On October 24, 2019, Poland hosted a meeting of the Warsaw Process Working Group on Energy Security, which was co-chaired by Poland and the United States.
In furtherance of the discussions initiated at the Ministerial to Promote a Future of Peace and Security in the Middle East in February 2019, the Working Group noted that threats to energy infrastructure throughout the world are diverse and include natural, physical, and technological ones, which hamper energy production, transport, and distribution. There are also risks that emerge when international terrorist organizations, criminal networks, or states gain control over and exploit energy resources to fund illicit activities that directly threaten regional and international stability and security.
The Working Group considered three issues vital for the security, reliability, and resilience of the energy sector in the Middle East and explored practical steps that states in that region and around the world can take to address these issues.
The first issue is critical energy infrastructure protection (CEIP). Strengthening energy infrastructure against today’s threats and hazards through effective risk-management and closer collaboration is essential to stability in global energy markets. CEIP directly supports political stability, economic prosperity, and commercial opportunities. Building collaborative efforts to increase energy sector security should include integrated approaches – coordination within governments, cooperation among governments, and collaboration between governments and the private sector, as well as with relevant international organizations or institutions. Collaborative and coordinated CEIP efforts can effectively deter threats posed by destabilizing state and non-state actors, boost investment, and positively affect the global economy by minimizing the crude oil price fluctuations and enhancing security of supply. Presentation of several countries’ experiences in CEIP served as a background for the Working Group discussion on best practices and exploration of ways that states can work together to promote effective regional and international implementation of such practices. The discussion also highlighted the value of promoting regional and international confidence building measures in the energy sector, such as sharing information about potential threats to energy infrastructure, building security and resilience across multi-country energy infrastructure projects, exchanging CEIP best practices, and developing effective tools for crisis management and recovery. All delegations may benefit from closer cooperation on CEIP.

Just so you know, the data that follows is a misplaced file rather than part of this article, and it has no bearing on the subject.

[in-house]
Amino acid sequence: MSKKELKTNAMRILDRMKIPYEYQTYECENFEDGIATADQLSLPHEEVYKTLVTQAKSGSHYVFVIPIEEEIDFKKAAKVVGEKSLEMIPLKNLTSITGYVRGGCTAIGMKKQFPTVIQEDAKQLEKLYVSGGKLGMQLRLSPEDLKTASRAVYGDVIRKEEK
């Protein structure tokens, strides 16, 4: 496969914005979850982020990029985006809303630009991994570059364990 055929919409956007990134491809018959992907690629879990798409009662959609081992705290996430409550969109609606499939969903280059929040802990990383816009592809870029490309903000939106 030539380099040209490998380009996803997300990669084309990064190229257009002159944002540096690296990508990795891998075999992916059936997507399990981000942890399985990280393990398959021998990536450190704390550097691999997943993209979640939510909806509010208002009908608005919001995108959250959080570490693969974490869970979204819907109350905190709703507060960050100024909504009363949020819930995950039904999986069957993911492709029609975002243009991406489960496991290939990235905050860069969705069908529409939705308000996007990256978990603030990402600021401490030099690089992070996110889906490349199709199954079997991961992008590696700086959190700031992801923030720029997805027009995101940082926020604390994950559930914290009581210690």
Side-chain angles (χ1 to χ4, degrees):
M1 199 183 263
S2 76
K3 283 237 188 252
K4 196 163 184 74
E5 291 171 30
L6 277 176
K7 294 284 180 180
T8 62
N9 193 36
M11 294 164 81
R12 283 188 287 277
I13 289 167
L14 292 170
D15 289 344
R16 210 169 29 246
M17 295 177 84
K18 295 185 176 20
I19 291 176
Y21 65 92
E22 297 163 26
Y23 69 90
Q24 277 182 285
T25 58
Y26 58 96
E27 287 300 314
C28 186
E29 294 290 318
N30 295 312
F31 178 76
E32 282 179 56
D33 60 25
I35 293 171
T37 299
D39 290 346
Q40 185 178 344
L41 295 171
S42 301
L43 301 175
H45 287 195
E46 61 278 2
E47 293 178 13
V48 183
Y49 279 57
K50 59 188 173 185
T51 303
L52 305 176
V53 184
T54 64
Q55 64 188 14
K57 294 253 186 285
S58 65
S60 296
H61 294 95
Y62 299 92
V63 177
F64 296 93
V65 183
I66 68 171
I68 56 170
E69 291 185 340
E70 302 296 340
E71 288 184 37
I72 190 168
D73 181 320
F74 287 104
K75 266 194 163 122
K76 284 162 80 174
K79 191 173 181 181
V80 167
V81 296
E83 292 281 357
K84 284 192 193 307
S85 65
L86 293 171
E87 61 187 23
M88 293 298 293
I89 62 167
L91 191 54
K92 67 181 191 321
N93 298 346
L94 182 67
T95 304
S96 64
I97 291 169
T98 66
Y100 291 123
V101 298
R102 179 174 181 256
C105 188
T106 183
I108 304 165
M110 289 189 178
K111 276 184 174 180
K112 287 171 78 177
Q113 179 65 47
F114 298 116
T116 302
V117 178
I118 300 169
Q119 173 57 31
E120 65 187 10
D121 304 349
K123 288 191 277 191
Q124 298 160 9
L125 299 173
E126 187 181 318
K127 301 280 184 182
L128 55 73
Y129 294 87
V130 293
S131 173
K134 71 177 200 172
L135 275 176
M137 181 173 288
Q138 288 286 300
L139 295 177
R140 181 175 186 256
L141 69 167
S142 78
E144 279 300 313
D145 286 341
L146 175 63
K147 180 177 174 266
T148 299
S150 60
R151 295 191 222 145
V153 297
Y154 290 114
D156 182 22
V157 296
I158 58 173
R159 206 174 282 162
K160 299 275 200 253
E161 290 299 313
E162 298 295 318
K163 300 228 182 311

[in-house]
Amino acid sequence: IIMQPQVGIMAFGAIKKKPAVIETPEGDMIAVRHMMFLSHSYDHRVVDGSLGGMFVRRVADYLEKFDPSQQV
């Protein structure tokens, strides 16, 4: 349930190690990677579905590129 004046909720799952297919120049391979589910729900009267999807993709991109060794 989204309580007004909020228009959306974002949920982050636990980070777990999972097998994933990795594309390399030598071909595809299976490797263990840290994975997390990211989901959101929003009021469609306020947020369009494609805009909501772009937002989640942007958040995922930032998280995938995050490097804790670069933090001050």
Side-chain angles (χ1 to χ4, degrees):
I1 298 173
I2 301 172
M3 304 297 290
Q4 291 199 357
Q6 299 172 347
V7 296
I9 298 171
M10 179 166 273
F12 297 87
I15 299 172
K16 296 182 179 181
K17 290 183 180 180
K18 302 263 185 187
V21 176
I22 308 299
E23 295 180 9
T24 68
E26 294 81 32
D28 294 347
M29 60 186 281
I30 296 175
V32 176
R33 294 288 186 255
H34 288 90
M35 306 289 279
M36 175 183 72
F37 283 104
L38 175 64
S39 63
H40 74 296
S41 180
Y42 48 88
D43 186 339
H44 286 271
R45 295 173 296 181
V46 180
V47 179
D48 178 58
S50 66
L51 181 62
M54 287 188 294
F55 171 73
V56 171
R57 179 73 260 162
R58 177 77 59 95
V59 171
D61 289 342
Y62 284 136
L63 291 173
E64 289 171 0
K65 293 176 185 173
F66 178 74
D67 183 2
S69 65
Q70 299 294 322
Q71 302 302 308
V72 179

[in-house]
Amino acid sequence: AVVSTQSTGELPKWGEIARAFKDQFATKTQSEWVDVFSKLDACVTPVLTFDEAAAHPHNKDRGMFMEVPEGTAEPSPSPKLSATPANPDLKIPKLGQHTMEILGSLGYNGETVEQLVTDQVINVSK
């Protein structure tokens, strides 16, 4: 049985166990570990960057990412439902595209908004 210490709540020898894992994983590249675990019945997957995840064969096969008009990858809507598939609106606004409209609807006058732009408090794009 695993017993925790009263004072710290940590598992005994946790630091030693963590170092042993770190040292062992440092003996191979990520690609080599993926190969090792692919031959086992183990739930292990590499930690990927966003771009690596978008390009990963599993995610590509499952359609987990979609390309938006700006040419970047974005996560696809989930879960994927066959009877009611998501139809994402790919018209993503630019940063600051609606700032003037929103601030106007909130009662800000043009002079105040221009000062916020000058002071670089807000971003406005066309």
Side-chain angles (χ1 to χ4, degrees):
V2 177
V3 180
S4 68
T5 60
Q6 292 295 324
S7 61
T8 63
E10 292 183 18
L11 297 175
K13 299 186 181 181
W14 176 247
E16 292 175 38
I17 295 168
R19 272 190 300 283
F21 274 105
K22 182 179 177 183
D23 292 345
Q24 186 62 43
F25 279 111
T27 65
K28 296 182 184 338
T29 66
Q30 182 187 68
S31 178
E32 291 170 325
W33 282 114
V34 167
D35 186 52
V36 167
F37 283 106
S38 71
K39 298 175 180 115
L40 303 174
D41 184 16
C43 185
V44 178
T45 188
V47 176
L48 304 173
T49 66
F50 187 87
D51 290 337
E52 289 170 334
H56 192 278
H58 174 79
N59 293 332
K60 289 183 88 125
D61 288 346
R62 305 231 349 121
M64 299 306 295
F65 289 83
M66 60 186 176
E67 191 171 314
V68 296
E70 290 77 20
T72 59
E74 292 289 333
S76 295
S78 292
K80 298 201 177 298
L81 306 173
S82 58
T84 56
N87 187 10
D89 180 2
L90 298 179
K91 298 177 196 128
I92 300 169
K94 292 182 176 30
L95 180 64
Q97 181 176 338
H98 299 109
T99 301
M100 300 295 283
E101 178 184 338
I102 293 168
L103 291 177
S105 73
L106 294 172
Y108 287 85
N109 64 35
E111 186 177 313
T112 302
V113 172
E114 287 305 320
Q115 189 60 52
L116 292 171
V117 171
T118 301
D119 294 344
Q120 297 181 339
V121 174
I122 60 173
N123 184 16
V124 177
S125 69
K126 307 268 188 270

The second issue is the supply chain integrity of petroleum products, with a view to thwarting smuggling and reducing the ability of those who seek to profit from illicit petroleum sales. Such oil sales provide a lifeline for violent militia groups and are a lucrative source of income for transnational organized criminal organizations. Improving the transparency of the supply chains will limit the ability of these actors to gain access to markets and revenue streams. The Working Group examined ways to increase transparency in global commodity trading markets. Participant countries will consider working with the financial sector, private international oil companies, national oil companies, and commodity traders to develop a set of best practices that ensure supply chain integrity by transparently identifying the origin and destination of energy resources. These best practices can become the industry standard, which has the potential to decrease smuggling of energy products and increase transparency throughout the energy supply chain. An important point of reference for best practices, not only in the Middle East, but also on a global scale, could be the EU’s 3rd liberalization package. Moreover, it is worth mentioning that the recent significant offshore gas discoveries in the Eastern Mediterranean and the establishment of the East Mediterranean Gas Forum (EMGF) will have profound impact on the region’s energy and economic development, and are of vital importance to the region’s energy security.
The third issue is energy security through diversity of energy sources. The participants noted past abuses of energy infrastructure to serve political objectives, and the importance of having a diverse supply of energy that is less vulnerable to attack or exploitation. The Working Group also discussed the diversification of energy sources, including increasing the share of renewables within a country or region’s energy portfolio, and enhancing energy efficiency. The Middle East is particularly well positioned geographically to benefit from solar energy. Wider application of renewables and energy efficiency would allow countries to earmark more energy resources for exports, thus contributing to national budgets and boosting spare capacity within the global hydrocarbon market. The Working Group discussed also best practices for renewables and energy efficiency investment by forging closer cooperation between the key stakeholders: governments, technology providers, and financial institutions.
The following countries contributed to the working group summary statement:
9. Czech Republic
27. Republic of Korea
29. Saudi Arabia
33. United Arab Emirates
34. United Kingdom
35. United States